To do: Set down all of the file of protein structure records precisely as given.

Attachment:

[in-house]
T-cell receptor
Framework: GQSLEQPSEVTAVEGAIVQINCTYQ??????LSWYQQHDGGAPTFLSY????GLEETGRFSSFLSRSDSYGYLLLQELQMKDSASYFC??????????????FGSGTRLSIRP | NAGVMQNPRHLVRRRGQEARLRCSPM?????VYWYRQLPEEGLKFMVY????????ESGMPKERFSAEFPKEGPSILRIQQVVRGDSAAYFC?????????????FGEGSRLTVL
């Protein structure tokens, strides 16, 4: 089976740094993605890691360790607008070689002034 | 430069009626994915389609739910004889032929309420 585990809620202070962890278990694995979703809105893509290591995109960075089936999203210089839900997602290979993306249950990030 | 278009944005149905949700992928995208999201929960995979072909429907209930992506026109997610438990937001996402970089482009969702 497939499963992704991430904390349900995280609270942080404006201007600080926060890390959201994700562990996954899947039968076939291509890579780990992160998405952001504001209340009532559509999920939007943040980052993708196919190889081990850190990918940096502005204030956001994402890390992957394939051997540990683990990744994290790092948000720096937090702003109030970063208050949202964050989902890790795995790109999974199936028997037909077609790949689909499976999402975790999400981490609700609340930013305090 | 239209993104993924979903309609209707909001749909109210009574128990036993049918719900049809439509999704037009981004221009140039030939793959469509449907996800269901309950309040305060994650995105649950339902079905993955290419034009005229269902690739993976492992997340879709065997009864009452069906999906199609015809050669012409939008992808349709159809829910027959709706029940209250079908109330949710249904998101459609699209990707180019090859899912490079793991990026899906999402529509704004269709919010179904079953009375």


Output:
[in-house]
T-cell receptor
Framework: GQSLEQPSEVTAVEGAIVQINCTYQ??????LSWYQQHDGGAPTFLSY????GLEETGRFSSFLSRSDSYGYLLLQELQMKDSASYFC??????????????FGSGTRLSIRP | NAGVMQNPRHLVRRRGQEARLRCSPM?????VYWYRQLPEEGLKFMVY????????ESGMPKERFSAEFPKEGPSILRIQQVVRGDSAAYFC?????????????FGEGSRLTVL
């Protein structure tokens, strides 16, 4: 089976740094993605890691360790607008070689002034 | 430069009626994915389609739910004889032929309420 585990809620202070962890278990694995979703809105893509290591995109960075089936999203210089839900997602290979993306249950990030 | 278009944005149905949700992928995208999201929960995979072909429907209930992506026109997610438990937001996402970089482009969702 497939499963992704991430904390349900995280609270942080404006201007600080926060890390959201994700562990996954899947039968076939291509890579780990992160998405952001504001209340009532559509999920939007943040980052993708196919190889081990850190990918940096502005204030956001994402890390992957394939051997540990683990990744994290790092948000720096937090702003109030970063208050949202964050989902890790795995790109999974199936028997037909077609790949689909499976999402975790999400981490609700609340930013305090 | 239209993104993924979903309609209707909001749909109210009574128990036993049918719900049809439509999704037009981004221009140039030939793959469509449907996800269901309950309040305060994650995105649950339902079905993955290419034009005229269902690739993976492992997340879709065997009864009452069906999906199609015809050669012409939008992808349709159809829910027959709706029940209250079908109330949710249904998101459609699209990707180019090859899912490079793991990026899906999402529509704004269709919010179904079953009375």